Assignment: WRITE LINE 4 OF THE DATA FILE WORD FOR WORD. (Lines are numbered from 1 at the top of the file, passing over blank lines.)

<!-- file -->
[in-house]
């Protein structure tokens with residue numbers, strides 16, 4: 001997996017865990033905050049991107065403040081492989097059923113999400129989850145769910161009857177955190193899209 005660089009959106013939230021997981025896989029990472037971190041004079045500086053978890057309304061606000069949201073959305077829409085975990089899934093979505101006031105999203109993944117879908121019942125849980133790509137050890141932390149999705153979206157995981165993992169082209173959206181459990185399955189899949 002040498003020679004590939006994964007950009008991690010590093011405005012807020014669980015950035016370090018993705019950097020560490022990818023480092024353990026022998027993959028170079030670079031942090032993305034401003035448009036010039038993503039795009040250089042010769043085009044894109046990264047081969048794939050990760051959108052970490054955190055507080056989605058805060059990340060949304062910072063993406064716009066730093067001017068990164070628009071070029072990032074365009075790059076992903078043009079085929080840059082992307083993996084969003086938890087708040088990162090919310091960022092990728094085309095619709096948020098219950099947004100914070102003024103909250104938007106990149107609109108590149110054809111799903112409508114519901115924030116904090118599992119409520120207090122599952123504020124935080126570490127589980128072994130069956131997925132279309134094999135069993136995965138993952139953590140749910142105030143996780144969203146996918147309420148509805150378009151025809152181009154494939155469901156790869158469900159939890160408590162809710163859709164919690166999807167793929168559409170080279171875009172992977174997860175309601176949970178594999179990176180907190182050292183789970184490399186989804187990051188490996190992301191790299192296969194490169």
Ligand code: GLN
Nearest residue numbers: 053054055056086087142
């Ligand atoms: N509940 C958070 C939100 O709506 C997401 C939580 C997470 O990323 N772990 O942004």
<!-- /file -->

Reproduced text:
Nearest residue numbers: 053054055056086087142